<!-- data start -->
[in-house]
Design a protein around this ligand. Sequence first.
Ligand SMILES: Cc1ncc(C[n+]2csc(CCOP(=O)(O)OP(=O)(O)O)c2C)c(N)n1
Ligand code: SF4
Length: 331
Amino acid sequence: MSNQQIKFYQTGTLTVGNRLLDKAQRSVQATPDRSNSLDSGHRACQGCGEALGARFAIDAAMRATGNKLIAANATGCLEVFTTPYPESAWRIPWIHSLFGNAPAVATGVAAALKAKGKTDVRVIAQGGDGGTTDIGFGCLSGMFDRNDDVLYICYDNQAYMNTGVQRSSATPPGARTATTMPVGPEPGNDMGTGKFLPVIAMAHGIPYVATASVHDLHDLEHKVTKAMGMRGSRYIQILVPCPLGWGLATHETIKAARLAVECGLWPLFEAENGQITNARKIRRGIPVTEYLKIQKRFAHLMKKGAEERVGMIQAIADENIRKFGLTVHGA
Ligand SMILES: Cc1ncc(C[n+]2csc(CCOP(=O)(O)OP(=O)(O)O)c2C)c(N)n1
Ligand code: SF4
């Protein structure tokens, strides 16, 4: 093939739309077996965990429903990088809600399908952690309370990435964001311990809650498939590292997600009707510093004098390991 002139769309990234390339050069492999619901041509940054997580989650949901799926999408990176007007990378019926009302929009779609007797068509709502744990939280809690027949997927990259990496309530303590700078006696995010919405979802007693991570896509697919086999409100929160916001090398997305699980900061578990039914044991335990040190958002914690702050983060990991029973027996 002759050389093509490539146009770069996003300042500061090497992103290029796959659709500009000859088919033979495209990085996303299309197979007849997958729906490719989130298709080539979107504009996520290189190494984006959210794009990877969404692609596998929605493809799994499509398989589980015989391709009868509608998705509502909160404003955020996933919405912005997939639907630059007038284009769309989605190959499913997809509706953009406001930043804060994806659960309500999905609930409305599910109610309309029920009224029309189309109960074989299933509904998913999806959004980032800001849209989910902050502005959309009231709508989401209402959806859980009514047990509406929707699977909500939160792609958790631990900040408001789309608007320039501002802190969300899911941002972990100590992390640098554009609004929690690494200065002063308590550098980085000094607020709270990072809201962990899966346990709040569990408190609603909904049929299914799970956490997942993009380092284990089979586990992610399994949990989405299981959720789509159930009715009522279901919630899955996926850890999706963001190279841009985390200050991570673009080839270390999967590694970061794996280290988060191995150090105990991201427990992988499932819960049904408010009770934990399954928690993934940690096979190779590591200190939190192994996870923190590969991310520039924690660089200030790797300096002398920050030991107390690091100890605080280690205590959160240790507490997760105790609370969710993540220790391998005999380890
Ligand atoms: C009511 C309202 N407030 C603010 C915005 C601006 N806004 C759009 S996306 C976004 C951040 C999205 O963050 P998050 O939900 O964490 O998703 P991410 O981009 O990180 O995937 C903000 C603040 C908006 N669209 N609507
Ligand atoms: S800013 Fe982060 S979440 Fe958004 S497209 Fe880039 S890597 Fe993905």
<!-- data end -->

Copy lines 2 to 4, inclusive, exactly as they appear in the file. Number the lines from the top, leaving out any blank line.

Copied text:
Design a protein around this ligand. Sequence first.
Ligand SMILES: Cc1ncc(C[n+]2csc(CCOP(=O)(O)OP(=O)(O)O)c2C)c(N)n1
Ligand code: SF4